15 February 2016

This Business Will Get out of Control. It Will Get out of Control and We'll Be Lucky to Live through It.

Syria, looks to be going to be going completely pear shaped.

With advances by the Syrian government and by the Kurdish YPG threatening to cut off Turkey's Islamist proxies in Syria, Ankara is shelling the Kurds, attacking what are (for now, at least) US Allies:
France's foreign ministry has urged Turkey to end its assault on Kurdish fighters in northern Syria.

In a statement (in French) it said it was "worried about the continued worsening of the situation".

On Saturday, Turkey began shelling the militia, which it says is linked to the banned Kurdistan Workers Party (PKK).

The fighters, the YPG militia based in Syria, have rejected Turkey's demand to leave areas it has seized, saying Islamists would return if it left.

Turkey's assault is a new thread in an already-complex conflict that has drawn in competing regional powers.

Turkish Prime Minister Ahmet Davutoglu insisted on Sunday that Turkey "will not permit the [Kurdish militia] to carry out aggressive acts".

"Our security forces gave the necessary response and will continue to do so," Mr Davutoglu said.

Syria has also condemned the Turkish action as a violation of its sovereignty and asked the UN Security Council to intervene.
What's more, the Turkey machinations in Syria, along with its heavy handed suppression of the Kurds in south east Anatolia has led to a renewed insurgency inside Turkey:
It was midday on a Thursday at the end of December when Rozerin Çukur left her home, supposedly to pick up class notes from a friend. She never returned.

Rozerin wandered through the narrow streets of Sur, the tangled old town neighborhood in Diyarbakir, a city of one million in southeastern Turkey. An attractive 17-year-old, Rozerin was wearing her school uniform and carrying a book and a pen in her bag.

"Just a few hours later," her father says, "my daughter was inside the war." She supposedly joined the Patriotic Revolutionary Youth Movement (YDG-H), a group supported by the banned Kurdistan Workers' Party (PKK) and which since September has been fighting against the Turkish army in the streets of Diyarbakir, using Kalashnikovs and booby traps.

Rozerin was killed by a single shot to the head. Since January 8, her dead body has been lying in the sealed-off old town of Diyarbakir. Listed as a UNESCO World Heritage Site, the city's ancient heart has also long been the hub of Kurdish resistance. Rozerin's parents are holding a vigil in a community center in the city together with dozens of other parents whose children have been killed in the most recent civil war in southeastern Turkey. The parents say they only want one thing: to be able to provide a decent burial for their children. But the Turkish state, they say, has made it impossible to recover their children's bodies.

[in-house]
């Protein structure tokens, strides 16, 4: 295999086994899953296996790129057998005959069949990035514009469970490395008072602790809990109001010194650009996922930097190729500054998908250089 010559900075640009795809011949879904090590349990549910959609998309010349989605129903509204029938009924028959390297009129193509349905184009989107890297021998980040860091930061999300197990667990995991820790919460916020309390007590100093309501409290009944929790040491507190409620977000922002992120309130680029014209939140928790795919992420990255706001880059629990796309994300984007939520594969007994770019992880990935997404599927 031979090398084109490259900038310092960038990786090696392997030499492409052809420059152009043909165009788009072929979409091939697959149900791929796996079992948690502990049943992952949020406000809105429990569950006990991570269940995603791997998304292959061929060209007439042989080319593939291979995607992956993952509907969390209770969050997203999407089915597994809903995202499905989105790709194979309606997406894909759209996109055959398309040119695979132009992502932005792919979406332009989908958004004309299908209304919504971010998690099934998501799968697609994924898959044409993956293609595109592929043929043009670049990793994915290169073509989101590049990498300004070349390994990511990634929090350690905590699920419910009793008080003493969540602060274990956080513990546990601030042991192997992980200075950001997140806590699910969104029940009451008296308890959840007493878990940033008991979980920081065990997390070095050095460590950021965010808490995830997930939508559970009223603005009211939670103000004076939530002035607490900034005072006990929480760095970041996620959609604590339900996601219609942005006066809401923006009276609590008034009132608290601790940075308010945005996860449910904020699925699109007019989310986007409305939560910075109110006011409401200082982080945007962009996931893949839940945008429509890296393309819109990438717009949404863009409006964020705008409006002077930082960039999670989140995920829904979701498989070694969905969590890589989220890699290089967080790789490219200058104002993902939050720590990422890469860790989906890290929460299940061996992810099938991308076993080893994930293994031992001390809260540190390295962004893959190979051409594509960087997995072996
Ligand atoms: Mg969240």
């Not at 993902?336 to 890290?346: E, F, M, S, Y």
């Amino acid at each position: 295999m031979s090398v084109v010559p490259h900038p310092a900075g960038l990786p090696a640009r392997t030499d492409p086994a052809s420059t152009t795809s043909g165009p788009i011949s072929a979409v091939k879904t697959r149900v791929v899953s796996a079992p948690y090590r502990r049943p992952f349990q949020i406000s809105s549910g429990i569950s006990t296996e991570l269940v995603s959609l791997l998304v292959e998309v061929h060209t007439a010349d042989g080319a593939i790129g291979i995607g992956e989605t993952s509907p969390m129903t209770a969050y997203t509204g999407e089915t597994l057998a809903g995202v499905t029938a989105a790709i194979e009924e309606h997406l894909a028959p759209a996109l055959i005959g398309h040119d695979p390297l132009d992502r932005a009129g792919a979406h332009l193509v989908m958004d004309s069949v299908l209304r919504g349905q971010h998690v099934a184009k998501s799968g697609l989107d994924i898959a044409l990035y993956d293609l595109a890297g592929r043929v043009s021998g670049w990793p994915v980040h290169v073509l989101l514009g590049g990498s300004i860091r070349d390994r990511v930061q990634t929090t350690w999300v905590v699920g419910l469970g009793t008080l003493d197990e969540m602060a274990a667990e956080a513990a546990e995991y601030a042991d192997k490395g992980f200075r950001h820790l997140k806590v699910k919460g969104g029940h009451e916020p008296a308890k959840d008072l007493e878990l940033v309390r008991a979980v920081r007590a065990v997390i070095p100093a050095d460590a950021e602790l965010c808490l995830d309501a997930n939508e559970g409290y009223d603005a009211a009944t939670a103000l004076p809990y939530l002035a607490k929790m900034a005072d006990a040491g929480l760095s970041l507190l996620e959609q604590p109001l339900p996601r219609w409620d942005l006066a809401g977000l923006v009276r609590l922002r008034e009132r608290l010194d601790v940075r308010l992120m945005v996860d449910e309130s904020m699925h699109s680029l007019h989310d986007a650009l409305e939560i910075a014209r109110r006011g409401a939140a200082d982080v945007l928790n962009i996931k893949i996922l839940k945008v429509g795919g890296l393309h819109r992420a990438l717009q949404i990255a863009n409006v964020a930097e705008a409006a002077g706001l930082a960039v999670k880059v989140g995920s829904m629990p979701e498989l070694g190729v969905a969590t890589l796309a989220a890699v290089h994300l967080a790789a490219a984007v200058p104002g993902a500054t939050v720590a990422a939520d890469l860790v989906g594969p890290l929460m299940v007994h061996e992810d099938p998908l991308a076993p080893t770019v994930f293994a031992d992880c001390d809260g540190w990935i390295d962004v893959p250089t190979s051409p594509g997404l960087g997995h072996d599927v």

State officials view the dead young men and women as terrorists -- as violent members of the PKK. Parents say they have been told that they can enter the old town in small groups, but that Turkish officials are demanding that they remove the weapons from the hands of the dead. And the parents do not want to touch the weapons. "The soldiers," they fear, "would shoot immediately."


The state is using extreme force against the PKK. Indeed, Turkish President Recep Tayyip Erdogan recently announced that he intended to annihilate the fighting force and promised to continue the battle "until the area is cleansed of all terrorists." There is no "Kurdish question," he said, just a "terror problem."

Bitter house-to-house fighting of the kind seen in Diyarbakir is also taking place in other surrounding cities. The PKK focused its earlier attacks primarily on military targets and police stations. But since the state has laid siege to the cities, the radical Kurdish youth movement YDG-H has taken up the fight there as well.

Until recently, the YDG-H was seen as a collection of disillusioned youth who defended themselves from state violence with rocks and Molotov cocktails. But now that the government has set its sights on ridding the cities of PKK sympathizers, the group has armed and organized itself with the PKK's help. They are now fighting on the frontlines while experienced PKK fighters are hiding in the Qandil Mountains in Iraqi Kurdistan.
After nearly 50 years of the "Kurdish problem" Turkey seemed to have come to an accommodation with the Kurds in the late 1990s, and now Erdogan has blown it all up.

And now the Turks and house of Saud are threatening to invade Syria:
The Turkish military has hit Kurdish and Syrian regime targets as Ankara considered a ground assault with Saudi troops, further complicating efforts to end the war just days after the US and Russia agreed on a “cessation of hostilities” in Syria within a week.


In an interview with AFP released on Friday, Syrian president Bashar al-Assad said he “doesn’t rule out” that Turkey and Saudi Arabia would intervene militarily in Syria, but said his armed forces “will certainly confront it”.

Saudi Arabia and Turkey both staunchly support rebels seeking to oust Assad, and see his overthrow as essential for ending Syria’s five-year civil war that has cost more than 260,000 lives.

They fear the west is losing its appetite to overthrow him on the assumption he is “the lesser of two evils” compared with Isis.
Neither the House of Saud nor Turkey are our allies in Syria.

Riyadh is interesting in extending repressive Sunni hegemony in Syria, and Turkey is interested in reassembling a a sphere of influence in the area of the former Ottoman Empire.

The technical term for the governments in Ankara and Saudi Arabia is f%$#ing nuts.

We should not be on their side in any way shape, or form.


Post a Comment